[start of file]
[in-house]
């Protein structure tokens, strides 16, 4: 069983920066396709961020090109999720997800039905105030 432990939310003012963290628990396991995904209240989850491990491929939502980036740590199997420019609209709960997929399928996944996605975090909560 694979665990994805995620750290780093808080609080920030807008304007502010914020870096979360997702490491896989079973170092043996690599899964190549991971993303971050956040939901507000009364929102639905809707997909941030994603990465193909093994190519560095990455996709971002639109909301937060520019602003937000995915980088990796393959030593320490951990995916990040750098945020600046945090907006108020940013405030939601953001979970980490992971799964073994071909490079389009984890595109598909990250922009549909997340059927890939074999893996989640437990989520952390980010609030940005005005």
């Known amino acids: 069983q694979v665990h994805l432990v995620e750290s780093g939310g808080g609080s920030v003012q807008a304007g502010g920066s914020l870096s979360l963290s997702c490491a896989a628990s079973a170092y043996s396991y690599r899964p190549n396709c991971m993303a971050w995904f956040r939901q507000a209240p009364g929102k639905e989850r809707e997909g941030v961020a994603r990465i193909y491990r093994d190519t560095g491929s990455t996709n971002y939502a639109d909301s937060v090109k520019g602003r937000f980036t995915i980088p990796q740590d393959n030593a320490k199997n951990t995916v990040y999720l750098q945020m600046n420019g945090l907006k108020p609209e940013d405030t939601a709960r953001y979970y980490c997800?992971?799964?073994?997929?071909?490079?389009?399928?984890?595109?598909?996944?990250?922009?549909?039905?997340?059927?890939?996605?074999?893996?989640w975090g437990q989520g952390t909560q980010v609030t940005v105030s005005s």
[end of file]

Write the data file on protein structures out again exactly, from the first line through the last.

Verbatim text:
[in-house]
């Protein structure tokens, strides 16, 4: 069983920066396709961020090109999720997800039905105030 432990939310003012963290628990396991995904209240989850491990491929939502980036740590199997420019609209709960997929399928996944996605975090909560 694979665990994805995620750290780093808080609080920030807008304007502010914020870096979360997702490491896989079973170092043996690599899964190549991971993303971050956040939901507000009364929102639905809707997909941030994603990465193909093994190519560095990455996709971002639109909301937060520019602003937000995915980088990796393959030593320490951990995916990040750098945020600046945090907006108020940013405030939601953001979970980490992971799964073994071909490079389009984890595109598909990250922009549909997340059927890939074999893996989640437990989520952390980010609030940005005005």
């Known amino acids: 069983q694979v665990h994805l432990v995620e750290s780093g939310g808080g609080s920030v003012q807008a304007g502010g920066s914020l870096s979360l963290s997702c490491a896989a628990s079973a170092y043996s396991y690599r899964p190549n396709c991971m993303a971050w995904f956040r939901q507000a209240p009364g929102k639905e989850r809707e997909g941030v961020a994603r990465i193909y491990r093994d190519t560095g491929s990455t996709n971002y939502a639109d909301s937060v090109k520019g602003r937000f980036t995915i980088p990796q740590d393959n030593a320490k199997n951990t995916v990040y999720l750098q945020m600046n420019g945090l907006k108020p609209e940013d405030t939601a709960r953001y979970y980490c997800?992971?799964?073994?997929?071909?490079?389009?399928?984890?595109?598909?996944?990250?922009?549909?039905?997340?059927?890939?996605?074999?893996?989640w975090g437990q989520g952390t909560q980010v609030t940005v105030s005005s």